It’s quite funny that one of the discussion points for this weeks events is surrounding the use and purpose of PvP in mmo’s when I was actually going to start posting about it anyway. The old MMO debate between psychopaths and Carebears. It started for me last week when there was a post over at XP chronicles discussing the usefulness of Open world PvP that, while outlining many of the popular opinions on the matter it missed many factors that I find invaluable. I just had to write a reply but it seems it is turning into a few replies around certain parts. So, now that this talkback challenge is here it gives me an even better excuse.
A few other discussions so far come from
JVT Workshop who sees the lazy way it is often designed
House of witches notices how PvP changes the environment and a few key characteristics learnt from the Illum experiment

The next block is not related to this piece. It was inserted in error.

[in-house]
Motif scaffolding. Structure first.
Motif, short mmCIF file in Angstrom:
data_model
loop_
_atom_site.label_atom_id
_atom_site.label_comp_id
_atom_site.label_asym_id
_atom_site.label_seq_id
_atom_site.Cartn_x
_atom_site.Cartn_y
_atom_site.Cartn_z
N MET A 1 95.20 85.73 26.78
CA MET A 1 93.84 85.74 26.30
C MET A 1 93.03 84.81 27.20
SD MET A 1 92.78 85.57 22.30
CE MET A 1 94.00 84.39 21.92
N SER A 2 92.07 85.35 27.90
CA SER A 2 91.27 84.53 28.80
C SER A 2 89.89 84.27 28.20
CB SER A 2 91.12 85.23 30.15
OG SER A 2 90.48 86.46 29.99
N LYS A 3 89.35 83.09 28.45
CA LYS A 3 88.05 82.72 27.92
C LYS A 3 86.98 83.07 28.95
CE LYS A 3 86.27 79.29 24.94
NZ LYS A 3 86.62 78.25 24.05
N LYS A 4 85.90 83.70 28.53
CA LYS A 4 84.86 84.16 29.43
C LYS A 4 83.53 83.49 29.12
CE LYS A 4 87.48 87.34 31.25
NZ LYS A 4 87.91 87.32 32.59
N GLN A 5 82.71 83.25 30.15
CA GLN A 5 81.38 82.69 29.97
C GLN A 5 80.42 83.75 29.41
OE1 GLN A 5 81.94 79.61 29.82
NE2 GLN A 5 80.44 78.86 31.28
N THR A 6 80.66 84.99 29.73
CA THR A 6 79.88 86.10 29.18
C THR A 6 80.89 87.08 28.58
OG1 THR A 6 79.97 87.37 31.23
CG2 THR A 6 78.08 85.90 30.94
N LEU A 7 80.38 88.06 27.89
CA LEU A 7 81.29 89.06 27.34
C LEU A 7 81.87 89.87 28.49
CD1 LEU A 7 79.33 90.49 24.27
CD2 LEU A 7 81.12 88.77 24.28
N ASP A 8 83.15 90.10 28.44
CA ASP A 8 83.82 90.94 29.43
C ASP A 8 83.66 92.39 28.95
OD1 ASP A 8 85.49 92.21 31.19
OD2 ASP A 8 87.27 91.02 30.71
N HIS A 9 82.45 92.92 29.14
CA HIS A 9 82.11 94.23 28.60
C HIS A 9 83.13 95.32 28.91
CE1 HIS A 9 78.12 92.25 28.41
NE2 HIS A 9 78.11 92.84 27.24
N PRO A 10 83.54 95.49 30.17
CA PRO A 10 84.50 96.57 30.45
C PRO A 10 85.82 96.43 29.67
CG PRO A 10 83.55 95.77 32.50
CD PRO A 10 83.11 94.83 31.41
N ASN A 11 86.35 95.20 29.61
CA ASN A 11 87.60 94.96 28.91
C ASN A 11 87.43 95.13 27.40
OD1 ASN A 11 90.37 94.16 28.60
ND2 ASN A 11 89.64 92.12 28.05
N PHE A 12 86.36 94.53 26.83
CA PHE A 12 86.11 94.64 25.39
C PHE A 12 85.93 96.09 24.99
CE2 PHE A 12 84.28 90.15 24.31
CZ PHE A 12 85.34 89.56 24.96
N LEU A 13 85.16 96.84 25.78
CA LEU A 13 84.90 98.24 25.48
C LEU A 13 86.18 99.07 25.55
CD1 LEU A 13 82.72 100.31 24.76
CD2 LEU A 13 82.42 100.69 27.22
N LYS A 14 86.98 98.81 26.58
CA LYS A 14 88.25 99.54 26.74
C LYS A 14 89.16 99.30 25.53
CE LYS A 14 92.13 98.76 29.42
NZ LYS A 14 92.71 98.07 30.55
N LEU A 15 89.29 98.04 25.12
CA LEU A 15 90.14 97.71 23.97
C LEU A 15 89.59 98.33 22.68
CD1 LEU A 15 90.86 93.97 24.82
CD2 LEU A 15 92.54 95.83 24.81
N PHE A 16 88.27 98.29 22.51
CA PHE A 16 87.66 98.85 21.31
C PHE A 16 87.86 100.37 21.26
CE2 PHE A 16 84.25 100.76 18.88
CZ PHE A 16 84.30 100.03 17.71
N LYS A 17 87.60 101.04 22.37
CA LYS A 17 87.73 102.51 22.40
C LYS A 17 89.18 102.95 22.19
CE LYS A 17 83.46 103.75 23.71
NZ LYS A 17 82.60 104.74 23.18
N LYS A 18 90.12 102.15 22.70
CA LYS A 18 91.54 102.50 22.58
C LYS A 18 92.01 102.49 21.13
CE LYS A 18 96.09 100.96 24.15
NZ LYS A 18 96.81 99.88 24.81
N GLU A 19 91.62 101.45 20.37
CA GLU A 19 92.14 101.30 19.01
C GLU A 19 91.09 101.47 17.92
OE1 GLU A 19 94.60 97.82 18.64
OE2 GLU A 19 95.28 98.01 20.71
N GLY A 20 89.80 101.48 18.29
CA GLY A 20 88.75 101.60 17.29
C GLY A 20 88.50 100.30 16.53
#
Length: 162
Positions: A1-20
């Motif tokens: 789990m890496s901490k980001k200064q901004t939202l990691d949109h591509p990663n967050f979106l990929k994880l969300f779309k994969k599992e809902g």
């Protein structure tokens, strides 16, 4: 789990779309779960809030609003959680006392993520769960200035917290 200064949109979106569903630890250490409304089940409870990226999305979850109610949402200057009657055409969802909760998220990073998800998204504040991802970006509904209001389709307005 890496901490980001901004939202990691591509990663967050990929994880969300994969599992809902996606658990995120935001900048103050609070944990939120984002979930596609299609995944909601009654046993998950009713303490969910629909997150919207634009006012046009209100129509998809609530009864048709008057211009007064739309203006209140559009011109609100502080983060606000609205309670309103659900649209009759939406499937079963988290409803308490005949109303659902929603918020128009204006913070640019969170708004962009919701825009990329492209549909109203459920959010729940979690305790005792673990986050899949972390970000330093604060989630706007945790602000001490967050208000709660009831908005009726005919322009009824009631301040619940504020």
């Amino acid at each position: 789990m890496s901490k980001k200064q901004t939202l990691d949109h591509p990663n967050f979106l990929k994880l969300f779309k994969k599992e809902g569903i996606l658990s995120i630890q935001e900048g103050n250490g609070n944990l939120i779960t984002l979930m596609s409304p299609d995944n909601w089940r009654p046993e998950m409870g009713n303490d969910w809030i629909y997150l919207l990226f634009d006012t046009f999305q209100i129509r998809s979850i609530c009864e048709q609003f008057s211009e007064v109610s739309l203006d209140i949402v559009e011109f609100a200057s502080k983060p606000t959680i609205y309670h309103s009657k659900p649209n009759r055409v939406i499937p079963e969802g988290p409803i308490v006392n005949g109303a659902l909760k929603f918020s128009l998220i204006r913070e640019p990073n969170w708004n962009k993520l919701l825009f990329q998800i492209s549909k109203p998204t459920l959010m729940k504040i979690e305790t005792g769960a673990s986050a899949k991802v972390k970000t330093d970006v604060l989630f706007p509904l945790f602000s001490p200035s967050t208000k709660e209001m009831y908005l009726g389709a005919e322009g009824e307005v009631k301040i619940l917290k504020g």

Doctor Hannah hates certain mandatory aspects of it
Looking for Playtime wonders why we always seem to deal with extremes that go between FFA and a sterile experience in a curated world
The question for me isn’t so black and white. For a lot of discussion with MMO’s we always seem to get stuck in dichotomies, that there must be one right way for everything and the discussion of Open world PvP gets the worst of it. The problem here is that for a lot of people their only introduction to open world PvP is in either WoW or one of the many clones that litter the genre and for that system it really is hard to get interested and get involved in such a situation. It is nothing more in most cases than a lazy marketing strategy which unfortunately seems to be the most popular way of doing Open world PvP. I feel sorry if that’s the only type people have known, it’s an easily abused system with little consequence and absolutely no purpose.